At Broad Branch, we found that Bill Duty’s old one-story log house was completely gone. We wanted to go to the family cemetery just across the creek and up the hill but didn’t because it was overran with giant weeds.
We were all just kinda hanging out there, crammed in the car, when Doska said, “Milt Ferrell could play a fiddle. He was a first cousin to my daddy.”
Wait a minute — another fiddler? I’d spent quite a bit of time trying to track down the names of the old fiddlers around Harts. All of a sudden, they were falling from the woodwork.
Milt Ferrell — a man related to the Dutys and with the first name of Ed’s father. I said, “Now who was he?”
“Mayme’s daddy,” Eunice said, as if that helped. “Mayme lives down there.”
“She’s bad off,” Doska added. “One of her lungs has collapsed.”
I just had to see this Mayme Ferrell, although I didn’t want to impose on her if she was in poor health.
Doska and Eunice said she would love the company…and she just lived down the road.
On the way to Mayme’s someone mentioned that she lived at the old Rector Post Office, a settlement from earlier in the century. We soon turned over a little bridge and pulled up to the only structure left in “Rector proper”: Mayme’s incredible two-story log cabin. It was ancient and leaning, with an old cemetery just behind it on the hill. The whole scene was like something from a dream.
We got out of the car and walked up to a small back porch where Eunice pecked at the screen door and hollered, “Mayme? It’s Eunice.”
In no time at all, Mayme Ferrell was peeking back out at us. She was frail, half-blind and hooked to a breathing machine — and very surprised to see us all on her porch with fiddles, cameras, and notebooks.
Mayme invited us on inside where we sat down in the living room and started talking like old friends. She was well acquainted with Eunice and Doska and knew a lot about Billy and Brandon’s families. It was clear after a few minutes of interchange that her life had went beyond school teaching — she was an educated woman of the modern world, who’d spent twelve years in Los Angeles and San Francisco. She got me to play her a few tunes and the next thing I knew she was singing lyrics that she remembered from her childhood, like “Nigger looky here and nigger looky yander. The old gray goose is flirting with the gander.” Or things like: “I had a piece of pie and I had a piece of puddin’. I give it all away for to sleep with Sally Goodin.” Or this: “Old Aunt Sal, if you don’t care I’ll leave my liquor jug sitting right here. If it ain’t here when I come back we’ll raise hell in the Cumberland Gap.”
Eunice remembered “Cluck old hen, cluck and sing. Ain’t laid an egg since way last spring.” Doska said her father Jeff Duty used to play the tune.
I said to Mayme, “So your father was a fiddler? Tell me about him.”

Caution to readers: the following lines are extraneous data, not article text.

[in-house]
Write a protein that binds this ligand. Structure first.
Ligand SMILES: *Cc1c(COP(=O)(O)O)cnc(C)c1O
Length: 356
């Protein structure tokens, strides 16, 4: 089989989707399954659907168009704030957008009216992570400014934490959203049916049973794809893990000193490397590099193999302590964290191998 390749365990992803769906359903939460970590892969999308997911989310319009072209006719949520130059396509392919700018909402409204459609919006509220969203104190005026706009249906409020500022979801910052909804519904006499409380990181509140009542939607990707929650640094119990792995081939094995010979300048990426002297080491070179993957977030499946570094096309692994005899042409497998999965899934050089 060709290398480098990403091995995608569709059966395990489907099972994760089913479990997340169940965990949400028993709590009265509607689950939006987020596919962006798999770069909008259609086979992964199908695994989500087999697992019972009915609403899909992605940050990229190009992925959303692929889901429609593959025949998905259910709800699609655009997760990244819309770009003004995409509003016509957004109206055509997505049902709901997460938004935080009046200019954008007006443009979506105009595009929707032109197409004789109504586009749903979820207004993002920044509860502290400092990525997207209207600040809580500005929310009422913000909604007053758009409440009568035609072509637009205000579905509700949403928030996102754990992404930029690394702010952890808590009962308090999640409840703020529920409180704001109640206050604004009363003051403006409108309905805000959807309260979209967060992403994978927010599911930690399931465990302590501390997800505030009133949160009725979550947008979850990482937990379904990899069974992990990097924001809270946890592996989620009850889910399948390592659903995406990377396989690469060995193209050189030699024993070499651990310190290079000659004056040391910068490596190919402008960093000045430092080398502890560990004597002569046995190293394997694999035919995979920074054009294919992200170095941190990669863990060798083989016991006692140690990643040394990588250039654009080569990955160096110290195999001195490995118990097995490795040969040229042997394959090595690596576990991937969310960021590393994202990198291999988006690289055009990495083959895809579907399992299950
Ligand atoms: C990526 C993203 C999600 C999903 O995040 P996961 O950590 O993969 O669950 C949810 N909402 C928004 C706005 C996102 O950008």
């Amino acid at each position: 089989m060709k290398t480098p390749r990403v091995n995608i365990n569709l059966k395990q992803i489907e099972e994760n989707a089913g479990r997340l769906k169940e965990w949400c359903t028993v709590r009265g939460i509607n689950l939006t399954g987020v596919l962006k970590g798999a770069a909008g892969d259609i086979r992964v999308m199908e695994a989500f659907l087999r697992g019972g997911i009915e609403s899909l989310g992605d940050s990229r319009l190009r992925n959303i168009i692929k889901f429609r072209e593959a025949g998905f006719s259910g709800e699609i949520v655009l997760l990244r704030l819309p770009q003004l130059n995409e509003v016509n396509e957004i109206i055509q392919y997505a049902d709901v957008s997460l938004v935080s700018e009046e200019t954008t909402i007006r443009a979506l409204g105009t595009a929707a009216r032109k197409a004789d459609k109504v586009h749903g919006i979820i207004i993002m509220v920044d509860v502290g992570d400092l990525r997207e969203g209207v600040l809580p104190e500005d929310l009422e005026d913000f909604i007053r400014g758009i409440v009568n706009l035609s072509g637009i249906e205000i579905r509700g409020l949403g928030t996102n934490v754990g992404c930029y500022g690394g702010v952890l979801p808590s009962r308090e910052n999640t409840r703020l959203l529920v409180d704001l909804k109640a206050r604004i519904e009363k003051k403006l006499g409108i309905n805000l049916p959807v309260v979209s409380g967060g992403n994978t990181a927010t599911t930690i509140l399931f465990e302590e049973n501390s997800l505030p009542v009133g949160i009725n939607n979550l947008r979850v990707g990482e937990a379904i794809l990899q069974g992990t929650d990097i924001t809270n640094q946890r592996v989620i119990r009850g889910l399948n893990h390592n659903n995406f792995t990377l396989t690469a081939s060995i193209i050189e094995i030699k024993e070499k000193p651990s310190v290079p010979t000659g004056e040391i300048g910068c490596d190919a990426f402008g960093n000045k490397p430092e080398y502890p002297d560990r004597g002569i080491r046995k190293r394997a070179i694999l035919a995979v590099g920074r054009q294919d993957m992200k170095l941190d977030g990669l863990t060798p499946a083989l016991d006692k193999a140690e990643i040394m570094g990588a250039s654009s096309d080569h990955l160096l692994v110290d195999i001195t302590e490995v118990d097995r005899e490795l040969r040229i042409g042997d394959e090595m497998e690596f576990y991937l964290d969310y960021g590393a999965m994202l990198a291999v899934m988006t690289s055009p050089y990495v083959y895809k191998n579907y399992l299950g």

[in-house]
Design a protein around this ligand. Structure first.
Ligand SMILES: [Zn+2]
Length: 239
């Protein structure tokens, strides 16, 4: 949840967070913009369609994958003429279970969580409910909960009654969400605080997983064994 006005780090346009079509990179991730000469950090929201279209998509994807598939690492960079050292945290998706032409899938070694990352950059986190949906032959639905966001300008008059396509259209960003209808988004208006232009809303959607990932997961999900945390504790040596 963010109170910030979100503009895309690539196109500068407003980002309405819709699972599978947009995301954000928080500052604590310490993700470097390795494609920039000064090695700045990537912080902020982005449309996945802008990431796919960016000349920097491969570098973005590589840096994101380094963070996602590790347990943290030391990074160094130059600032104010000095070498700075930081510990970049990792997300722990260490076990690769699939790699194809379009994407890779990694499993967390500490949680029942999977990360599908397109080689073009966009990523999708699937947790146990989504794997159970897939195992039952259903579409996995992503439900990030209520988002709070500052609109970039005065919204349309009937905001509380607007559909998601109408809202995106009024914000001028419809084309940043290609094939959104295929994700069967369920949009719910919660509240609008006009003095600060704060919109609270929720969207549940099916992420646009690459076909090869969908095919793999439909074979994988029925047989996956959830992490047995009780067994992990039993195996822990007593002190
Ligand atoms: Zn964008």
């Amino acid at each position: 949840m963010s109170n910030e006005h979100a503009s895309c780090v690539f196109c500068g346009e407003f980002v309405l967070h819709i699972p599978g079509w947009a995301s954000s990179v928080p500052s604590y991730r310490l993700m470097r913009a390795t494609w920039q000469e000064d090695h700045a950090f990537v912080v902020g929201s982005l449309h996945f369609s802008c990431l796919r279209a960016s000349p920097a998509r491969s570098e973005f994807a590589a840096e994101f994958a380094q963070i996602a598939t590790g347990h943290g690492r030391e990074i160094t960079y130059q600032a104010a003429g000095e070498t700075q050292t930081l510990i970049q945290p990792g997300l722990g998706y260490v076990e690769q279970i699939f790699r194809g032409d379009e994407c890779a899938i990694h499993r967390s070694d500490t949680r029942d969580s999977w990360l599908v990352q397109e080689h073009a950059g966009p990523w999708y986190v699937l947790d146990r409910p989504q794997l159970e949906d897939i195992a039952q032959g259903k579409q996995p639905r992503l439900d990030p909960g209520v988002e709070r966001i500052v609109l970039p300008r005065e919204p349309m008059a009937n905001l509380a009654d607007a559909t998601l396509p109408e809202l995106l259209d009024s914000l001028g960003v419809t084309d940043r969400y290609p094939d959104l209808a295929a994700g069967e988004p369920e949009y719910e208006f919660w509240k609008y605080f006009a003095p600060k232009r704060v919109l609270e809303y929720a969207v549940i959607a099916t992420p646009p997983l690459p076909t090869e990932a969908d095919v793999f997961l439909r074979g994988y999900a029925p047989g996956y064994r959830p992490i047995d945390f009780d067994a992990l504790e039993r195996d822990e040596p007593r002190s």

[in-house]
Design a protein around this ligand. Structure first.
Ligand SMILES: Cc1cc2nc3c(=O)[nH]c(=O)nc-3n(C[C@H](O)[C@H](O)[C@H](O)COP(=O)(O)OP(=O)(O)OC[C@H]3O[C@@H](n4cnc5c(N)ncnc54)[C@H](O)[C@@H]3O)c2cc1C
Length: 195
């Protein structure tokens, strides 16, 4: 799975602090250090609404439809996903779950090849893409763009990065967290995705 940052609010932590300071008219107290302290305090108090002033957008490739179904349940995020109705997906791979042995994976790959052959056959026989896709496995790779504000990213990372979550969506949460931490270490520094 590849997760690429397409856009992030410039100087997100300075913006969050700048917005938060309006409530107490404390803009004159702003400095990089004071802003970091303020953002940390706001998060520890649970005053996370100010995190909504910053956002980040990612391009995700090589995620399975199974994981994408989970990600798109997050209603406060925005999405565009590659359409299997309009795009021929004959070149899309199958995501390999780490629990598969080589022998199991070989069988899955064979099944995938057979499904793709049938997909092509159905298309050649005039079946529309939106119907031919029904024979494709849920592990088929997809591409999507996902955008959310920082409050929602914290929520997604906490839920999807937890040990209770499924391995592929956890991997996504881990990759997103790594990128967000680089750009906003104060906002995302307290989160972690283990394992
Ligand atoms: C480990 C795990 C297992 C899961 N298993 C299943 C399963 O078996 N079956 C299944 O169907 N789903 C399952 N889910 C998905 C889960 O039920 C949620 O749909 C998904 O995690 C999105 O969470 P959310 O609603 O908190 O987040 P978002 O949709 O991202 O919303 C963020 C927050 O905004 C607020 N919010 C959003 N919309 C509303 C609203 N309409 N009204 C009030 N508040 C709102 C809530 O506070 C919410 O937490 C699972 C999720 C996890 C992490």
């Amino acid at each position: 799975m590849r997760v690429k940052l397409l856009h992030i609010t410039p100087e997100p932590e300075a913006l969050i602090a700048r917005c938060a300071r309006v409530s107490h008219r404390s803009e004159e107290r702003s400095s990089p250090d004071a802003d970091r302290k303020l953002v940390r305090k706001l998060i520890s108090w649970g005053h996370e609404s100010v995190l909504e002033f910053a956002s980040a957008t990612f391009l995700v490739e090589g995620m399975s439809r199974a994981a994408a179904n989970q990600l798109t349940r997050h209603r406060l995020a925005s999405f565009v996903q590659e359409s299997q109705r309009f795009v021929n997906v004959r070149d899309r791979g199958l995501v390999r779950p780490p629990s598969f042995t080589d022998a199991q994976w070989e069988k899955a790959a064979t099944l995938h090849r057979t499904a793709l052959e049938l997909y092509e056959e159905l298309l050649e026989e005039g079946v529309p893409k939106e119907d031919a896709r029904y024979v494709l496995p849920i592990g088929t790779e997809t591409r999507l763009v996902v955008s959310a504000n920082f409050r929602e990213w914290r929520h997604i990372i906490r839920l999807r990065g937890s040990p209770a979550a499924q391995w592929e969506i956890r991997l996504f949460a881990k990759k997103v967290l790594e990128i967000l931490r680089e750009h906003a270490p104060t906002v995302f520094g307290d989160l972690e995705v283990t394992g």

She was immediately nostalgic.
“Daddy was named for a poet, but I don’t think his parents knew it,” she said. “John Milton Ferrell. He was a great guy. He was a wonderful person. My daddy’s people were just easy going. Most of them were musicians. My daddy, he would lead the songs in church. He was a board member for three terms and the last term he was the president of the board. They would meet over at Harts and those Brumfields — I’ll tell you what — most people were afraid to go through there. Charley Brumfield shot his daddy and killed him. His daddy was beating his mother and he made him leave, so I understand, and then when he came back — I guess he was drunk…”
Mayme looked at Brandon and said, “Those Brumfields were rough then, son. Good people. If they liked you they liked you, and if they didn’t you better leave them alone. They were ambitious people. They just got to feuding among themselves, but it wore out after a while. But my daddy was a good friend to all of them. Charley Brumfield would’ve done anything for daddy. They’d get in a poker game after they had their meeting and they’d all drink. Well daddy would come home with a pocket full of money. One time he came home drunk and he couldn’t hang his hat up. Of course, the older children laughed and I cried, but he sang, ‘Hey hey rushin’ the rabbit. Into the brush and then you’ll habit.’ Didn’t say ‘have it.’ I don’t know what they were getting in that brush. He was a very, very humble person and he was witty.”
Milt Ferrell, Mayme said, played the fiddle around election time, at weddings, at schools or on Friday at all-night dances.
“We’d have barn-raisings,” she said. “After they got the roof over the barn and put the second floor in — the floor where you put your fodder and hay — they’d have a barn dancing. They’d dance all night.”
Milt played with the fiddle under his chin, as did Jeff Duty.
Mayme cried when I played one of her father’s tunes, “Over the Waves”.
She said her father’s older brothers Clinton Ferrell and Fulton Ferrell were also fiddlers. Clint was the smoothest fiddler in the family but would only occasionally pick up Milt’s fiddle and play “Mississippi Sawyer”. Their cousin Jim Lucas was also good.
“Uncle Jim was an excellent fiddler,” she said. “He didn’t jiggle. A real smooth player.”
She didn’t recall any banjos or mandolins on Big Ugly in the old days, although her brother-in-law Clarence Lambert was a great guitarist (“as good as Chet Atkins”) who played Hawaiian music and tunes like “Guitar Rag”.